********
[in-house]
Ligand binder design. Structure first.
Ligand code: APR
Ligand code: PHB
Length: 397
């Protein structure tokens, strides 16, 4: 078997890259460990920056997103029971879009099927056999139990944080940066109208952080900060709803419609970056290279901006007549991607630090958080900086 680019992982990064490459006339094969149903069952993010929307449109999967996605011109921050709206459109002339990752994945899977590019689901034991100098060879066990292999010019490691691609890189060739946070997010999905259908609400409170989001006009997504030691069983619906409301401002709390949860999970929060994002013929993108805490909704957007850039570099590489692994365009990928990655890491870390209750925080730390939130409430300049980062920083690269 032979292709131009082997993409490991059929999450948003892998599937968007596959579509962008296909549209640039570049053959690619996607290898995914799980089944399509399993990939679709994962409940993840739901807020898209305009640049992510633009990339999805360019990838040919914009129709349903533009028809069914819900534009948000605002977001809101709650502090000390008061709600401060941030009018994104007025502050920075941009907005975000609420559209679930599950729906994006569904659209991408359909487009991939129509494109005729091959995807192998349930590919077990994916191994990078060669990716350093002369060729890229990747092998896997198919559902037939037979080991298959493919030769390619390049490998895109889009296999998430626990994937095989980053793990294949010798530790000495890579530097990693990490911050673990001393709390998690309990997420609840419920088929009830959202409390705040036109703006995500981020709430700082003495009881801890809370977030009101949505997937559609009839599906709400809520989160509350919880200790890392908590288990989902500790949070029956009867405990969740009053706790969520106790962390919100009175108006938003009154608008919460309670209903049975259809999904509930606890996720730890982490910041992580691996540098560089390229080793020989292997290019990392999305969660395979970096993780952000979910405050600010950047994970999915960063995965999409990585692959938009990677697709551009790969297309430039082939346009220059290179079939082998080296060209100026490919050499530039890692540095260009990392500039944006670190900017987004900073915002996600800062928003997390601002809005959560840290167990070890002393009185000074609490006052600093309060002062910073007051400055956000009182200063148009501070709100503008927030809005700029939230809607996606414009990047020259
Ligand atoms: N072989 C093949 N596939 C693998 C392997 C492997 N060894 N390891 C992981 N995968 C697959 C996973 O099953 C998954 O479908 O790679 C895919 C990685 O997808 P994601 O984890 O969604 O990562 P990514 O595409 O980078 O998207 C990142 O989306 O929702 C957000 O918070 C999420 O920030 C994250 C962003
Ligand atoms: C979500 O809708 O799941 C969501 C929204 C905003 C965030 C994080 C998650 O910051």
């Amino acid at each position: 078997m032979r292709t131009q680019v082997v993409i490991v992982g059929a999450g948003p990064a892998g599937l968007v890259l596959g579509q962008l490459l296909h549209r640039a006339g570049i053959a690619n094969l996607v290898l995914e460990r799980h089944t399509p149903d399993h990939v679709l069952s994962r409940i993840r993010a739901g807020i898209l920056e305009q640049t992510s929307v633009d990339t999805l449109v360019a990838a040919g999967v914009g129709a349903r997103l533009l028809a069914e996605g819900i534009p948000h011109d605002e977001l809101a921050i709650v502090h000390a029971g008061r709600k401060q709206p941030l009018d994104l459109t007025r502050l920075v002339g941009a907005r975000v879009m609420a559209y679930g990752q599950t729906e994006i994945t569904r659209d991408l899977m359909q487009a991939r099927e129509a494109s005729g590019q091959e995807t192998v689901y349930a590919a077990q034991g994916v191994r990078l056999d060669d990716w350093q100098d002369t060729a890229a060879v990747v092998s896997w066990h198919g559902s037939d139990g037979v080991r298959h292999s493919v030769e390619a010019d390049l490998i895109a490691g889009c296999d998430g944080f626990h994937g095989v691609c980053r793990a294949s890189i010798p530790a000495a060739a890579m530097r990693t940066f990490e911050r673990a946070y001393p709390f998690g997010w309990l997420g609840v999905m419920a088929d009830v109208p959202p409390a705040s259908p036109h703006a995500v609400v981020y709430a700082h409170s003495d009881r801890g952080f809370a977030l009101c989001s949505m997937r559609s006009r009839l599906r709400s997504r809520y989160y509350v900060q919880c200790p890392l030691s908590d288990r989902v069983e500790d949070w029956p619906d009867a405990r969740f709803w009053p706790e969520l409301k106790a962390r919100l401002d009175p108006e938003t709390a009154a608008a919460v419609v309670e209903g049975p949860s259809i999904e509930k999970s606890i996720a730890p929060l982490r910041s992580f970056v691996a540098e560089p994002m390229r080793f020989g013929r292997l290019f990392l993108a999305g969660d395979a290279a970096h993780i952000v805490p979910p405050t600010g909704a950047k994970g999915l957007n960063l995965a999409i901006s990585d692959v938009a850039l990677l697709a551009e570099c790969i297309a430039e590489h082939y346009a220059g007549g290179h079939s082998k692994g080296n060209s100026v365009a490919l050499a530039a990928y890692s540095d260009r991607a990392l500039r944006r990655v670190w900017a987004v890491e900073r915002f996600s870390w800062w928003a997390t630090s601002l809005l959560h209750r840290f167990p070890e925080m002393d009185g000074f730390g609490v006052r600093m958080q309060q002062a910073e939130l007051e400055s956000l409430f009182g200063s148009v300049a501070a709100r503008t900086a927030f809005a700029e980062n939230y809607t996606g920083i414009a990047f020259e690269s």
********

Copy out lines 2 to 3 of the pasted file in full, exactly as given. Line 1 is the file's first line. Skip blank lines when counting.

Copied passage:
Ligand binder design. Structure first.
Ligand code: APR